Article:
As another school year ends, North Carolina’s school funding debate continues. The debate would have greater merit if money and quality education were directly correlated.
That’s not to say we should not provide every available dollar toward education. We should. The real question is how relevant is a thousand dollars per pupil either way as the argument is over much less.
The United States leads the world in per capita educational expenditures. If money equated to quality then the U.S. would have the best secondary education in the world. But we don’t. That distinction goes to Finland, which spends less than Robeson County per child.
New York spends $14,119 per student, the highest in the nation. The national average is around $8,701. North Carolina averages about $7,500 and Robeson is just below the state average at $6,600. Nevertheless, New York fails to have the best literacy rate or test scores. There is little success to correlate to the level of spending. Efficiency is never considered.
Utah is the most efficient in terms of expenditure to the quality of education that results. That state spends about $5,400 per child, which is the lowest in the nation, although, paradoxically, it is a larger part of the budget than most states. Which illustrates there are a lot of ways to measure efficiency. So what does this mean?
Well, Robeson actually does a good job educating students on much less than New York though maybe not as good as Utah if you look at things like SAT scores. Clearly money has less influence than we admit.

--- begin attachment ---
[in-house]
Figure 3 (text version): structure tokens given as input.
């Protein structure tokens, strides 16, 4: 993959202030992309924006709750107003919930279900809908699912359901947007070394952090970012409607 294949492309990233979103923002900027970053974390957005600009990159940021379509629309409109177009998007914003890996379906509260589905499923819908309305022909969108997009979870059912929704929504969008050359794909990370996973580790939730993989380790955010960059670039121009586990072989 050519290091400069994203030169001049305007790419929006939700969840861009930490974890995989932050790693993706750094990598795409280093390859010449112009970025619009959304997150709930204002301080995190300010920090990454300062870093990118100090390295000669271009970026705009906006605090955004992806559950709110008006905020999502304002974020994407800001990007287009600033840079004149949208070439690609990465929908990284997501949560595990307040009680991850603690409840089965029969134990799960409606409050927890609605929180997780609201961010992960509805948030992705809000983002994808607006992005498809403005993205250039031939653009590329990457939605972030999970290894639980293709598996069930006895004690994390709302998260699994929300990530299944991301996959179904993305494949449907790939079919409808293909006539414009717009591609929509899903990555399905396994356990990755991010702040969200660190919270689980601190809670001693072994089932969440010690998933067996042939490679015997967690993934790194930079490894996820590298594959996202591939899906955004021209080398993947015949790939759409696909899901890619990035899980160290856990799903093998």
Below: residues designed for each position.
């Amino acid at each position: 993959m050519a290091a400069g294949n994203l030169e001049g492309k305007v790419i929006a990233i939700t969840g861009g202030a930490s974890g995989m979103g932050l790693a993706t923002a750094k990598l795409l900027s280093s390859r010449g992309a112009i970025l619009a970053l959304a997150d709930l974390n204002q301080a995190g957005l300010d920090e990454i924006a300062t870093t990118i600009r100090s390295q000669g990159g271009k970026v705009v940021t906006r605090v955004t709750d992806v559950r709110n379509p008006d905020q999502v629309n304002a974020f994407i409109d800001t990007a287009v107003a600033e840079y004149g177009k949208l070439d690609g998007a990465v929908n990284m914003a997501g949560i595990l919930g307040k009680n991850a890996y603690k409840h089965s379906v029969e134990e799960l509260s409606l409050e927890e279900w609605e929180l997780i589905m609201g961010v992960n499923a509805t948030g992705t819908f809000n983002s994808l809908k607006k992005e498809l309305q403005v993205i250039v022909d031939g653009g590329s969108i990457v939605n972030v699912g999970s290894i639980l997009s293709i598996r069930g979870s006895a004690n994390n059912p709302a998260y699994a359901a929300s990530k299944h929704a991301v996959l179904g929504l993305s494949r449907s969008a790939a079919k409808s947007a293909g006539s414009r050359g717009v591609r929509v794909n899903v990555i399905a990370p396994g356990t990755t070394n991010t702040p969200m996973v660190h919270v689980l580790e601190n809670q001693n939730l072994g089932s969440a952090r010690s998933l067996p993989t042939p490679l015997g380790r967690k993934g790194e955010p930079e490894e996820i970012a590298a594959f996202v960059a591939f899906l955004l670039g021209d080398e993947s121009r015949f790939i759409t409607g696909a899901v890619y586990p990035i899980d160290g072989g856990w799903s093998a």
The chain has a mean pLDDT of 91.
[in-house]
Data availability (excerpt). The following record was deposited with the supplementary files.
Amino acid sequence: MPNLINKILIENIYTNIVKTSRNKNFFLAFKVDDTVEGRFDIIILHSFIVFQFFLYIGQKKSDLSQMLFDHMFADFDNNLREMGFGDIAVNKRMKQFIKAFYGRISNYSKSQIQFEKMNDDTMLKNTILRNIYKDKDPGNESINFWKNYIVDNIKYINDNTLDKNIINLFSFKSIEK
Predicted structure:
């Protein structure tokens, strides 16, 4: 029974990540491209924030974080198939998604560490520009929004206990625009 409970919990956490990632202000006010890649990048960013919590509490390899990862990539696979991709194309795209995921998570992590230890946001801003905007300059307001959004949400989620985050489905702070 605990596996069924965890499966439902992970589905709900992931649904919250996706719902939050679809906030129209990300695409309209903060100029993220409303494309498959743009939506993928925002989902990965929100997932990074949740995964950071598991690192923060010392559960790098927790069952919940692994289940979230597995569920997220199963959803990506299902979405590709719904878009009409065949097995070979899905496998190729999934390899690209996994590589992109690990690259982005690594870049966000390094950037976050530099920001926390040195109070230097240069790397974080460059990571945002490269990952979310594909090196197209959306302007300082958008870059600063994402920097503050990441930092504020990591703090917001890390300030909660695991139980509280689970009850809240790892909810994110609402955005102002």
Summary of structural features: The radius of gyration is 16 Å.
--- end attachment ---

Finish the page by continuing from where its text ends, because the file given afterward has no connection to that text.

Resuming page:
Our school system is pretty efficient considering available resources. Sure Robeson could use more funding as we already do remarkably well with less than most. But generally, more funding is not synonymous with better education. We should quit pretending it does.
States could spend $1 million per child, but if the real variables that do correlate are missing, Finland and Japan will still lead the way.
Aside from parental involvement, only three things have shown to improve education. The problem is issues like political interest will prevent them from being implemented. But the steps themselves are simple.
— First, get rid of bad teachers. There are not many. Most are superb. But it only takes a few bad ones when each teacher affects thousands of students. Unions will say there are ways to accomplish this without getting rid of tenure. But the methods are ineffective. It takes so many steps in New York to get rid of a teacher they just park bad teachers in empty rooms. Sure they spend more per student and have a method to get rid of bad teachers. But neither works.
— Second, reward good teachers. Rather than tenure, merit pay rewards exceptionalism. This requires no explanation as to its beneficial effect.
— Lastly, let parents choose where they send their child and let the allotted money follow the child to that school. When this is done in other countries, schools compete for students. Teachers are freed of bureaucratic nonsense and are allowed to do what they do best.
When schools must win students, creative things happen. Affluent and poor neighborhoods both produce excellent test scores. Guidelines are broad and methodology decentralized. Schools become efficiently focused on the success of students, who prosper as a result.
The actual argument against this concept is poorly managed schools may close. But isn’t that the point? Clearly efficiency is more relevant than raw funding. It’s all about focusing the incentives.
The most difficult thing to recognize is when we are blinded by personal incentives. Cognitive illusions by opponents of these methods suggest these methods actually hurt children. And when you correlate something to hurting children like we erroneously correlate money to quality education, nothing happens. The point is education is not easily bought.
Phillip Stephens us chairman of the Robeson County Republican Party.